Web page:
Patterns of mental healthcare provision in rural areas: A demonstration study in Australia and Europe
Frontiers in Psychiatry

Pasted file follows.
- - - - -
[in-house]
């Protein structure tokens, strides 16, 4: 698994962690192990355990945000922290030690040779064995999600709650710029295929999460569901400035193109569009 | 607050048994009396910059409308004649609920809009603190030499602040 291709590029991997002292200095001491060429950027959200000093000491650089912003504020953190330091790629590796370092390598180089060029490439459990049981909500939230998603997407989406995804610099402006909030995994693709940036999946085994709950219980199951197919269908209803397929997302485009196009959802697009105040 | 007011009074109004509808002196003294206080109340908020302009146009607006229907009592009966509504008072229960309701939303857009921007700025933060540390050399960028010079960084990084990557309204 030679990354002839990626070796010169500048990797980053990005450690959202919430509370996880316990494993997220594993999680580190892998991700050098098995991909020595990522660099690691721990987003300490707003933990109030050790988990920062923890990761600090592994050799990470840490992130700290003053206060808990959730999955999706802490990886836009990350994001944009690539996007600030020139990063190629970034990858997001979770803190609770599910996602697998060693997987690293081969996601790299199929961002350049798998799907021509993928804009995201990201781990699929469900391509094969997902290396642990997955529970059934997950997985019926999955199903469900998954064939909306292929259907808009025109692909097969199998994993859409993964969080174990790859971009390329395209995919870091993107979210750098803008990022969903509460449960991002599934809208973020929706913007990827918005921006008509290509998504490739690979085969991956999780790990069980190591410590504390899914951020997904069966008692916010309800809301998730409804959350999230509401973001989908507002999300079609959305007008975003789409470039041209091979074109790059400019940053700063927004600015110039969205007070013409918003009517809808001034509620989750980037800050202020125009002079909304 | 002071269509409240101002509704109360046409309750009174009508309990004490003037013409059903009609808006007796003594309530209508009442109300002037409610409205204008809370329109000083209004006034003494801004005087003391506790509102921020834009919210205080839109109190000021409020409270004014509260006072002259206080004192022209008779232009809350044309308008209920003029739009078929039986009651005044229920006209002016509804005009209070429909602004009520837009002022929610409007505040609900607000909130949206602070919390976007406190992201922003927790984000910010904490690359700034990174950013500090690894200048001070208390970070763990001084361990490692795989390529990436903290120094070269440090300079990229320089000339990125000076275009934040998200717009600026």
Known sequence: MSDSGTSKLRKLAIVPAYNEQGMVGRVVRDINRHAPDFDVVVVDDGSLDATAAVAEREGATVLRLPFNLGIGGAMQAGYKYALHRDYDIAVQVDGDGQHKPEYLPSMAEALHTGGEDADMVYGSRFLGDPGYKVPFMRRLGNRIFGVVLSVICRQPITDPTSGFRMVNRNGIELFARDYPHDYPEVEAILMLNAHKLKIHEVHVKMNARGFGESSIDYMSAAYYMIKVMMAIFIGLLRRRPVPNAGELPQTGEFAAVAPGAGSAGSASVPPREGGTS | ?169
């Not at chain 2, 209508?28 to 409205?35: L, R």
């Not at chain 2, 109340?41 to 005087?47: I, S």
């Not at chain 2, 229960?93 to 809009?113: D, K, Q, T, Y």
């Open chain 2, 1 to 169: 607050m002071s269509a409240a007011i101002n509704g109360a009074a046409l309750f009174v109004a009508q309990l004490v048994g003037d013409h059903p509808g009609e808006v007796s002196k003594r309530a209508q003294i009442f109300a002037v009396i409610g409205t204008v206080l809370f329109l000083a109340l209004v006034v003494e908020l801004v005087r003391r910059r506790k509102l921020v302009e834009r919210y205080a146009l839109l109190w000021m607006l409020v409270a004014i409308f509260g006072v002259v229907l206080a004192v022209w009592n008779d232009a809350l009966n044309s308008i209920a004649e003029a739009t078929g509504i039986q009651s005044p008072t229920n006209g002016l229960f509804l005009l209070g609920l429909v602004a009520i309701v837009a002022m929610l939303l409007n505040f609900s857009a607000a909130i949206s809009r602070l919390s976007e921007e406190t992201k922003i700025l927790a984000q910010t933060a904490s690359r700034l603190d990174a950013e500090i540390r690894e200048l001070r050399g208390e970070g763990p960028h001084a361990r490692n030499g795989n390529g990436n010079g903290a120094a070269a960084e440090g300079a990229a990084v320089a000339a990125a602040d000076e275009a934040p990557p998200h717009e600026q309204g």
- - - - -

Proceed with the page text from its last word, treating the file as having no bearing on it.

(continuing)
Introduction: Mental healthcare systems are primarily designed to urban populations. However, the specific characteristics of rural areas require specific strategies, resource allocation, and indicators which fit their local conditions. This planning process requires comparison with other rural areas. This demonstration study aimed to describe and compare specialized rural adult mental health services in Australia, Norway, and Spain; and to demonstrate the readiness of the healthcare ecosystem approach and the DESDE-LTC mapping tool (Description and Evaluation of Services and Directories of Long Term Care) for comparing rural care between countries and across areas. Methods: The study described and classified the services using the DESDE-LTC. The analyses included context analysis, care availability, placement capacity, balance of care, and diversity of care. Additionally, readiness (Technology Readiness Levels - TRL) and impact analyses (Adoption Impact Ladder - AIL) were also assessed by two independent raters. Results: The findings demonstrated the usability of the healthcare ecosystem approach and the DESDE-LTC to map and identify differences and similarities in the pattern of care of highly divergent rural areas. Day care had a greater weight in the European pattern of care, while it was replaced by social outpatient care in Australian areas. In contrast, care coordination was more common in Australia, pointing to a more fragmented system that requires navigation services. The share between hospital and community residential care showed no differences between the two regions, but there were differences between catchment areas. The healthcare ecosystem approach showed a TRL 8 (the tool has been demonstrated in a real-world environment and it is ready for release and general use) and an AIL of 5 (the target public agencies provided resources for its completion). Two experts evaluated the readiness of the use of DESDE-LTC in their respective regional studies. All of them were classified using the TRL. Discussion: In conclusion, this study strongly supports gathering data on the provision of care in rural areas using standardized methods to inform rural service planning. It provides information on context and service availability, capacity and balance of care that may improve, directly or through subsequent analyses, the management and planning of services in rural areas.
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